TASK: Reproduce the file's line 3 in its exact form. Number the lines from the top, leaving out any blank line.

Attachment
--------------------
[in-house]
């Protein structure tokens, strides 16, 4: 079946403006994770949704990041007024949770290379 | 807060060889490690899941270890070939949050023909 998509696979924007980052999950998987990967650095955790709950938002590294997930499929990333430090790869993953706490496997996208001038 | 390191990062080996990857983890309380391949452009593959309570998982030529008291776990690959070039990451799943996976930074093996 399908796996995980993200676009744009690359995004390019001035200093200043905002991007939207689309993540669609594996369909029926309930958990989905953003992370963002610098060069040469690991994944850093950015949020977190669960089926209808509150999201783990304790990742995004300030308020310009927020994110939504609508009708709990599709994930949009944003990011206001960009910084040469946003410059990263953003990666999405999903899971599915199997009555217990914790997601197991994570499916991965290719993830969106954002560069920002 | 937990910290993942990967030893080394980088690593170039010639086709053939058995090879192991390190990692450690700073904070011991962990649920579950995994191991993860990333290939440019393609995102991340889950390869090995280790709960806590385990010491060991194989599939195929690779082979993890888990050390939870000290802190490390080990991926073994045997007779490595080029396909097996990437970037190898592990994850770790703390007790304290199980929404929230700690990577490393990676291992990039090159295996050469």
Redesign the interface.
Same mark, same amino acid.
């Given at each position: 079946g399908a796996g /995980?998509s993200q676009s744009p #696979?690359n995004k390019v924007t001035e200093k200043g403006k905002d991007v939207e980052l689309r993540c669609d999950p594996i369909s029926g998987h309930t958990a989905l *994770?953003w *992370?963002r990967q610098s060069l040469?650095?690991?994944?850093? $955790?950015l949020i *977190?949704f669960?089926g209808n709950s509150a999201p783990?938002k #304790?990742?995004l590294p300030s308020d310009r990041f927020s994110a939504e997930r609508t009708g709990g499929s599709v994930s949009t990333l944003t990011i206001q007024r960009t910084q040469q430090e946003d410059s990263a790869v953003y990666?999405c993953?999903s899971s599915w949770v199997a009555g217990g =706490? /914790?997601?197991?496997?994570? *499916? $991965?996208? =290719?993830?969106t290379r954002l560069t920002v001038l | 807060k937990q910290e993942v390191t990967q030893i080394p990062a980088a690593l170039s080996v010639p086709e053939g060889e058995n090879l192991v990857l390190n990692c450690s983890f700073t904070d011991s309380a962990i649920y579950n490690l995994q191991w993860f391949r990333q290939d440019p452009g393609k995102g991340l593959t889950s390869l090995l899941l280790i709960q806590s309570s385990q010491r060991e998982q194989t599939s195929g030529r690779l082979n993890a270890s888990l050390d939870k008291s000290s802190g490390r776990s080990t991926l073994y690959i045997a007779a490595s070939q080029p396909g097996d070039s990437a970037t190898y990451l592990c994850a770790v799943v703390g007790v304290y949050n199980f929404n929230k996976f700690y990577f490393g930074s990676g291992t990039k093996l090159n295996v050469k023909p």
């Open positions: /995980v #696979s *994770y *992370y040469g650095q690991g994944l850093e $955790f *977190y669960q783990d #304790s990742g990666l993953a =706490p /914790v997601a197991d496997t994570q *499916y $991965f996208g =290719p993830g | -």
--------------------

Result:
Redesign the interface.